While watching the movie “The Butler” I found myself quite uncomfortable during the horrific scenes of racial discrimination.
The movie mixed “real news” footage with Hollywood shots, but I’m old enough to remember: I knew what was real or from a soundstage, and nothing was exaggerated.
Slavery, the beatings, the hangings, the shooting, the flat-out hatred of a people simply because of the color of their skin; it was all real, and it was uncomfortable to watch.
I’ve come to believe that it should be uncomfortable to watch – it should make us want to cover our eyes and not watch; but watch we must.
We need to watch, we need to remember. We need to remember so we never sit back and let these things happen again. We need to make young people of all races watch and understand just what the United States of America once was.
It frightens me that if those of us who are uncomfortable watching such atrocities aren’t vigilant, our nation could slip back into the era of the gun-toting, white hooded wearing, cross-burning vigilantes.
From some of the frightening things I’ve read from the anti-gay, anti-abortion, anti-Obama, pro-gun, pro-life, I-want-my-country-back people, we have every reason to be frightened.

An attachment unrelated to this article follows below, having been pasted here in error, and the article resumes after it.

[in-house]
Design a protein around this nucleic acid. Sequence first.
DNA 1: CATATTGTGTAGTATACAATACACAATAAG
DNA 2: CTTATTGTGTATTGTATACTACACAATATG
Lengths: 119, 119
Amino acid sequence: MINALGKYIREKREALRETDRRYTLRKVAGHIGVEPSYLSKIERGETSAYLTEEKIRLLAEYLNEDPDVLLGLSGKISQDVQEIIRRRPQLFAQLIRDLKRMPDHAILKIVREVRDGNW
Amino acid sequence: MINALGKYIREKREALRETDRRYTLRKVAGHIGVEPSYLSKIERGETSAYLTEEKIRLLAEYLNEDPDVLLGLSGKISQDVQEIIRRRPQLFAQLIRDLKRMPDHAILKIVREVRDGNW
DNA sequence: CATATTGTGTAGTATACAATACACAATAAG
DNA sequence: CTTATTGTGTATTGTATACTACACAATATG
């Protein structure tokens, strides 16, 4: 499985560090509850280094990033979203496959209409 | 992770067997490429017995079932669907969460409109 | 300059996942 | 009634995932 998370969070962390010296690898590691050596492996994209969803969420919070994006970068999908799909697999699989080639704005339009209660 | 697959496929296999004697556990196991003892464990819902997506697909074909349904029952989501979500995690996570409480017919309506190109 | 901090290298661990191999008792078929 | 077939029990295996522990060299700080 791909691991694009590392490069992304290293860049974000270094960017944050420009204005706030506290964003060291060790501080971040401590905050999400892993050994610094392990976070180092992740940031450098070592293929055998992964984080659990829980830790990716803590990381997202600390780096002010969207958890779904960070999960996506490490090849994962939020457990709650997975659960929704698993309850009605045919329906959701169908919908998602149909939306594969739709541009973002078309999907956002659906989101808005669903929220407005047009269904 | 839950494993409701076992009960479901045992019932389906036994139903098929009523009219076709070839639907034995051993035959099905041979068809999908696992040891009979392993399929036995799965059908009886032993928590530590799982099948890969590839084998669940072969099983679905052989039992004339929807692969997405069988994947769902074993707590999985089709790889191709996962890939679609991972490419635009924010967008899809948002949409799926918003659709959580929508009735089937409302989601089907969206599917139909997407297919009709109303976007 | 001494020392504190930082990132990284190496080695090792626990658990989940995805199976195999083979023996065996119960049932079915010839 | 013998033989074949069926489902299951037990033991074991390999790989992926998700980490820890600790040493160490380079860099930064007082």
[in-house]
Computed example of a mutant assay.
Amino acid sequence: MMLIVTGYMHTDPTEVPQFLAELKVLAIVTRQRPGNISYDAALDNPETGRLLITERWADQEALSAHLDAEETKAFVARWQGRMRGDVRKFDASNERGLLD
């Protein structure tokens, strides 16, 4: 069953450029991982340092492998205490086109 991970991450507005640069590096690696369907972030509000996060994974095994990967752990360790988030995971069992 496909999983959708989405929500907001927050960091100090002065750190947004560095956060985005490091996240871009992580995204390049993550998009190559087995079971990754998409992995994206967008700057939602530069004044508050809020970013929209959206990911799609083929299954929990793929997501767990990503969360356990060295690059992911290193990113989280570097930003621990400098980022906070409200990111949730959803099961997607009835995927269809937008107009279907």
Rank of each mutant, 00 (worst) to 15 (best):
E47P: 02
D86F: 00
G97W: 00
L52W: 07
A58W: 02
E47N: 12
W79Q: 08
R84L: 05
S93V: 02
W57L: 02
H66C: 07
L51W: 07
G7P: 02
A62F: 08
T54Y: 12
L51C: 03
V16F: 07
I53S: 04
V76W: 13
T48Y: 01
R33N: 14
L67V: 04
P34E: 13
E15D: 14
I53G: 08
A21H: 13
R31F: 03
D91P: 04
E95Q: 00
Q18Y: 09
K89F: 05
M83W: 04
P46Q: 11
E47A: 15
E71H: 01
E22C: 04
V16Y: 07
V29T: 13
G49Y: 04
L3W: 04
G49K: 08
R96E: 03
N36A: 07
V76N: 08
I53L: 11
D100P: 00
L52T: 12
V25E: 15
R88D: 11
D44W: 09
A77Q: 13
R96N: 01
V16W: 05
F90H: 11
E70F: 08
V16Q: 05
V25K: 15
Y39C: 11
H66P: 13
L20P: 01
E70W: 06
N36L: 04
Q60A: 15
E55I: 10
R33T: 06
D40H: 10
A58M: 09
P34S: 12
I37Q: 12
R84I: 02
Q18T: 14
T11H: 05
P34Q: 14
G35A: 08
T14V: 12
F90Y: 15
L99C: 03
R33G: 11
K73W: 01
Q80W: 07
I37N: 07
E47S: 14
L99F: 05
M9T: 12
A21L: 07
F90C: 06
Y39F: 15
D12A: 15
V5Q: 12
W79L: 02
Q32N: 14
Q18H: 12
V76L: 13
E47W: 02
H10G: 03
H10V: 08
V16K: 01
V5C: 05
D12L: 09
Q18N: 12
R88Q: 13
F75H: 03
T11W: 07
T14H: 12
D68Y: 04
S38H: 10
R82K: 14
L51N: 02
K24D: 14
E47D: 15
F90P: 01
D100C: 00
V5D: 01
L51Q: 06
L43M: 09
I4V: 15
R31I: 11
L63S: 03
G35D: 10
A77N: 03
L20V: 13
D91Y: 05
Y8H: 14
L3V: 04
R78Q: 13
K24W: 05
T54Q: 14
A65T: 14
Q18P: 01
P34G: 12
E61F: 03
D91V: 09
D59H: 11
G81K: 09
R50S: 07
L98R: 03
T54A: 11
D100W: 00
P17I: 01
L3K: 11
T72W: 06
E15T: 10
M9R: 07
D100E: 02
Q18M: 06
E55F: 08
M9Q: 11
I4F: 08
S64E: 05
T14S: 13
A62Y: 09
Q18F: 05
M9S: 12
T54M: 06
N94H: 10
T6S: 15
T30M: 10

There are always Americans who have the capacity to do the right thing – to risk their lives to help those who are unjustly discriminated against. Those who ran the Underground Railroad, those who stood up at Stonewall, those women who spoke out on voting rights for women and birth control, those who continue to speak out on voting rights and health-care and gay rights.
Sadly, there are those who will do whatever – use whatever means possible - to fight to keep people down, and keep them down with no viable means of ever getting up.
I left the movie theater more determined than ever to speak out on injustice when and where I see it. Gay rights, human rights, voting rights, equal rights. Freedom of religion, freedom of the press, freedom to speak: These are not just guaranteed to those who have the money and the power and want to oppress – these rights – these freedoms are guaranteed to every citizen – every citizen.
Those of us who can – must fight – must speak – must never forget.
SDGLN Contributor Barb Hamp Weicksel was born in 1952 in Pennsylvania and moved to California in the early 1980s, where she met her partner Susan. They've been together some 30 years and share the love of Susan's four children, nine grandchildren and four great-grandchildren. Her blog, Barb's Gift of Gab, can be found HERE.